Boeing 737 Max May Stay Grounded Into Summer Boeing suggests it could fly about mid-2020. Industry sources note that the FAA and other regulators around the world could take months longer to find the planes safe to fly passengers.
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Boeing 737 Max May Stay Grounded Into Summer

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Boeing 737 Max May Stay Grounded Into Summer

Boeing 737 Max May Stay Grounded Into Summer

Boeing 737 Max May Stay Grounded Into Summer

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  • <iframe src="https://www.npr.org/player/embed/798312515/798392254" width="100%" height="290" frameborder="0" scrolling="no" title="NPR embedded audio player">
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Some of the grounded Boeing 737 MAX airplanes are seen parked in Moses Lake, Wash., in October 2019. David Ryder/Getty Images hide caption

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David Ryder/Getty Images

Some of the grounded Boeing 737 MAX airplanes are seen parked in Moses Lake, Wash., in October 2019.

David Ryder/Getty Images

Boeing's troubled 737 Max airplane will now remain grounded from passenger service until at least June or July, which is months later than the company had previously suggested.

And that means airlines will likely cancel Max flights through the busy summer travel season.

The three U.S. airlines that fly the 737 Max, American, Southwest, and United, had already removed the planes from their flight schedules into early June.

In a statement, Boeing confirms that it has told its customer airlines and its manufacturing suppliers that "we are currently estimating that the ungrounding of the 737 MAX will begin during mid-2020." Industry sources tell NPR that means June or July at the earliest and ultimately, the FAA and other aviation regulators around the world will determine when the 737 Max is safe to fly passengers again, which could be months later.

The 737 Max has been grounded by regulators since last March, after the second of two crashes in Indonesia and Ethiopia killed 346 people. Investigators primarily blame a faulty automated flight control system on the Max for the crashes. The company has been working on software fixes for that and other problems ever since.

Until recently, Boeing had often suggested the fixes were almost ready to be submitted to regulators and approval was imminent. But in December, FAA Administrator Stephen Dickson pushed back against Boeing's then-CEO Dennis Muilenburg for suggesting repeatedly that the Max would be recertified before the end of the year, saying the regulatory agency would not be pressured into granting quick approval.

Dickson summoned Muilenburg to Washington for a hastily called meeting, in which the FAA chief told the company's chief executive that "Boeing continues to pursue a return-to-service schedule that is not realistic." In a statement, the FAA said Dickson was also concerned with "the perception that some of Boeing's public statements have been designed to force FAA into taking quicker action."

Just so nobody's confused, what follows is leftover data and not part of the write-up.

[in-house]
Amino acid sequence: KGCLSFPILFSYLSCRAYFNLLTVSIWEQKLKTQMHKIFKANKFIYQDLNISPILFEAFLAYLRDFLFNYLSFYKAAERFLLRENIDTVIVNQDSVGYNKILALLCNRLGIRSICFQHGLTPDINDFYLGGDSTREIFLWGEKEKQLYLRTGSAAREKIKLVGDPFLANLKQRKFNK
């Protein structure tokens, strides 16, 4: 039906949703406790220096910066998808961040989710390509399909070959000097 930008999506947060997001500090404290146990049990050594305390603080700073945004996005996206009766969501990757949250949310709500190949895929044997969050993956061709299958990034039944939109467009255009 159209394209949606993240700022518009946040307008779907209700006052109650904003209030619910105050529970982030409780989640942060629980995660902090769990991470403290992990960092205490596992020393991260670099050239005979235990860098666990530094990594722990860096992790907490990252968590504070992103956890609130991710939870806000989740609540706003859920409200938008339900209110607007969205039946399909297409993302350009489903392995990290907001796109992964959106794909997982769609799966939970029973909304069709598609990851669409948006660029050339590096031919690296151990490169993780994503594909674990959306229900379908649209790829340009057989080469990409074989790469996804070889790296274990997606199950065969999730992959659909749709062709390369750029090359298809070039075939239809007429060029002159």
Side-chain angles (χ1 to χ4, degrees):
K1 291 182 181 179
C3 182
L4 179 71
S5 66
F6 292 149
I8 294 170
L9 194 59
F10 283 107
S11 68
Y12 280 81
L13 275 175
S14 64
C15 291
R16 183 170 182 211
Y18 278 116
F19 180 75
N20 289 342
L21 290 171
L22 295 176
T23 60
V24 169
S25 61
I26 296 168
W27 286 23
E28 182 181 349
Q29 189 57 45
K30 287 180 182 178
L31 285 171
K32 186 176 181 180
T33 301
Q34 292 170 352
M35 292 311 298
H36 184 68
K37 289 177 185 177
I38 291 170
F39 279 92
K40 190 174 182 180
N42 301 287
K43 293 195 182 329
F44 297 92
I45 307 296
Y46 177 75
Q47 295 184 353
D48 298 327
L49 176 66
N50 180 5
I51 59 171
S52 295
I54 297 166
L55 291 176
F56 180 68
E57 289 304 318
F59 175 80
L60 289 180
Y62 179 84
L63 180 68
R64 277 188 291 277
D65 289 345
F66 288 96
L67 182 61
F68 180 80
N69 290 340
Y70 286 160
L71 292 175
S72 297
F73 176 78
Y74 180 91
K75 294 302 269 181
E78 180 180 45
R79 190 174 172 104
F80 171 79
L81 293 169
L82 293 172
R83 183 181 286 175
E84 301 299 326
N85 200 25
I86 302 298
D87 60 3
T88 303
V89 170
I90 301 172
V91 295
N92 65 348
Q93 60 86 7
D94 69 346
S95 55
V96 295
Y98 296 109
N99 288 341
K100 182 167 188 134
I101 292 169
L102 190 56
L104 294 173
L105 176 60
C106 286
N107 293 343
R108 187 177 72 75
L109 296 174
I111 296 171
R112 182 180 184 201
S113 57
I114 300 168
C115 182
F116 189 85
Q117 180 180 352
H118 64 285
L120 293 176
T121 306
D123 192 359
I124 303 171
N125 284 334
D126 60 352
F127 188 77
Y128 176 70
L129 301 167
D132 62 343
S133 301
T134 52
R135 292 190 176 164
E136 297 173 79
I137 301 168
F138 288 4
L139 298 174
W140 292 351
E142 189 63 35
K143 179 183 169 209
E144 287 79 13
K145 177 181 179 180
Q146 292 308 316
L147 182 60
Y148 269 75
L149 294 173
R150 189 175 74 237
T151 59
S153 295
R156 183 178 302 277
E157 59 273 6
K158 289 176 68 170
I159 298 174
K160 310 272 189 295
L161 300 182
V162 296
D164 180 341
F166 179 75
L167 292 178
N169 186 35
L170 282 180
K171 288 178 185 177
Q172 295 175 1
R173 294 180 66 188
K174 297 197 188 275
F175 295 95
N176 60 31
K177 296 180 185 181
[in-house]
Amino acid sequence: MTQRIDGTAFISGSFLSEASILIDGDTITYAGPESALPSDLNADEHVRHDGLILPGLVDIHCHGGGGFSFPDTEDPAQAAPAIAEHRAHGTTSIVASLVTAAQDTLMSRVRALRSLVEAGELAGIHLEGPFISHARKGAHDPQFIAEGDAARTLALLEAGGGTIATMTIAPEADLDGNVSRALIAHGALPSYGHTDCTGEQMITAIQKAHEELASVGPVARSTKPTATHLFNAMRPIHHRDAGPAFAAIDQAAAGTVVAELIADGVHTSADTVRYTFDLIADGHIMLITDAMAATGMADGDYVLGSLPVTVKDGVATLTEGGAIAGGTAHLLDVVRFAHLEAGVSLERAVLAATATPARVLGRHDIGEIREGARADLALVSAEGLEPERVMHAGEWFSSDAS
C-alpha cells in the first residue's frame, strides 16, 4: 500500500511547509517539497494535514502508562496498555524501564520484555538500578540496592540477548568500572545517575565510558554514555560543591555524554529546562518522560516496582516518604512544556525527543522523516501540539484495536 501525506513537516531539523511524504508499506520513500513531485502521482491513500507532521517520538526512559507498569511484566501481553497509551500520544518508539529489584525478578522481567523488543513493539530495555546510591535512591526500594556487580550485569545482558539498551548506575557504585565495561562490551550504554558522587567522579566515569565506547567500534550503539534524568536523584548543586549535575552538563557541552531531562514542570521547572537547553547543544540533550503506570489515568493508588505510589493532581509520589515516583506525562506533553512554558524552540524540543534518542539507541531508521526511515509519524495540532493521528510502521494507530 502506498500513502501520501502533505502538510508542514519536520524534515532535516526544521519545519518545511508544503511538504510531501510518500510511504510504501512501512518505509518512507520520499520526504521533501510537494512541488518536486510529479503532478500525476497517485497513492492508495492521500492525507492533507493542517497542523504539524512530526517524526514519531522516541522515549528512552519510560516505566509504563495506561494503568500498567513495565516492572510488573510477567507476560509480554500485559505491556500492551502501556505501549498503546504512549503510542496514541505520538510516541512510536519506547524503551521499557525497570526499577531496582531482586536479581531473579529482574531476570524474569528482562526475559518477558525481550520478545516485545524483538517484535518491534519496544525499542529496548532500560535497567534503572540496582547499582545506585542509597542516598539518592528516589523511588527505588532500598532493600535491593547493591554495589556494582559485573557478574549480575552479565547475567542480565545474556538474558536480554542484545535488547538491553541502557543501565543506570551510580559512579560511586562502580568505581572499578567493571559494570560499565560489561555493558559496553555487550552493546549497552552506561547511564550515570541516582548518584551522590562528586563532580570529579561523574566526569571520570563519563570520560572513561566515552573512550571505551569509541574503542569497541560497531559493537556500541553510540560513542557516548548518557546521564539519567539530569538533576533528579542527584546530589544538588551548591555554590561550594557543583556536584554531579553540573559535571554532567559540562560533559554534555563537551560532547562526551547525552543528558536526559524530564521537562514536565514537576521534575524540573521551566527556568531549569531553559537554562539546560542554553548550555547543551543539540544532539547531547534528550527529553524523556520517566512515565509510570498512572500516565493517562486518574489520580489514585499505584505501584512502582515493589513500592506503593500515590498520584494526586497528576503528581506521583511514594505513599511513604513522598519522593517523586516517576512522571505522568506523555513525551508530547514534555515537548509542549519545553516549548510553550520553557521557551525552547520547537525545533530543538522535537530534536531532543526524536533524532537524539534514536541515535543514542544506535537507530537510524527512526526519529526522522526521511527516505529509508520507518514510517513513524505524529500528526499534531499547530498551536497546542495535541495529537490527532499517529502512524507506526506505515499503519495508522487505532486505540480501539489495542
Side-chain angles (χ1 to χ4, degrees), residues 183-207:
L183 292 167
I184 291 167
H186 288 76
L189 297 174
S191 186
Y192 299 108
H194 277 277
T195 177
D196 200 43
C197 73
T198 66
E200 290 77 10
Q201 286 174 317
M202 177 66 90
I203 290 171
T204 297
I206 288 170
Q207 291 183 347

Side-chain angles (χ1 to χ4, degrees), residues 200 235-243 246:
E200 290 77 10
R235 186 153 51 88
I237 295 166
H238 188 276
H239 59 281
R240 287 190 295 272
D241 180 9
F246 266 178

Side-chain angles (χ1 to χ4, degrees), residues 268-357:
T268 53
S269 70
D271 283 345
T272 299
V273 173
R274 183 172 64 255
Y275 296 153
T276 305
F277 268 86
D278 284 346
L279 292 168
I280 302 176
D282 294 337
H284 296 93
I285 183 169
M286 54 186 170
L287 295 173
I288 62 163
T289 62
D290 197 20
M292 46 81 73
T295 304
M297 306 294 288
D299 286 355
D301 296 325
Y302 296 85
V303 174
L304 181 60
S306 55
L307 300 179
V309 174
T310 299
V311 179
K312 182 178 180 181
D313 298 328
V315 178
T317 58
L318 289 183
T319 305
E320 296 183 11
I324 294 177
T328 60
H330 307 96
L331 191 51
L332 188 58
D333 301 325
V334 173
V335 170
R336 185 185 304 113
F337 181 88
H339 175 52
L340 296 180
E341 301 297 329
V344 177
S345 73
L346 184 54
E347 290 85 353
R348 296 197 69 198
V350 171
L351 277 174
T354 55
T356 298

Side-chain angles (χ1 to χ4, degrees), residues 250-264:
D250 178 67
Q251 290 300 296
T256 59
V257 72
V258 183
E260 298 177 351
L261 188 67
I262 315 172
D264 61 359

During the meeting, Dickson "made clear that FAA's certification requirements must be 100% complete before return to service." And "he reminded Mr. Muilenburg that FAA controls the review process" and will take all the time it needs to get the 737 Max review right.

Shortly after the FAA's rebuke, Muilenburg was forced out and replaced by Boeing board member and former General Electric executive David Calhoun as CEO.

In a statement today, the FAA says "the agency is following a thorough, deliberate process to verify that all proposed modifications to the Boeing 737 MAX meet the highest certification standards. We continue to work with other safety regulators to review Boeing's work as the company conducts the required safety assessments and addresses all issues that arise during testing. We have set no timeframe for when the work will be completed."

Boeing's efforts to fix the MCAS flight control system on the MAX have been plagued by setback after setback.

In pushing back the anticipated date of the plane's return to service, new CEO Calhoun appears to be trying to set a new tone. The new estimate "is informed by our experience to date with the certification process," Boeing says in its statement.

The new estimate of when the plane may finally be approved to return to service "is informed by our experience to date with the certification process," Boeing says in its statement. "It is subject to our ongoing attempts to address known schedule risks and further developments that may arise in connection with the certification process. It also accounts for the rigorous scrutiny that regulatory authorities are rightly applying at every step of their review of the 737 MAX's flight control system," including pilot training requirements.

"Returning the MAX safely to service is our number one priority, and we are confident that will happen," Boeing's statement continues. "We acknowledge and regret the continued difficulties that the grounding of the 737 MAX has presented to our customers, our regulators, our suppliers, and the flying public."

The 737 Max crashes and subsequent crisis at the airplane manufacturer has been taken a toll on morale among Boeing employees and retirees in the Seattle area, where most of the company's planes are built.

CEO Calhoun is in Seattle this week, meeting with Boeing employees and for the first time, he plans to take questions from reporters in a conference call Wednesday.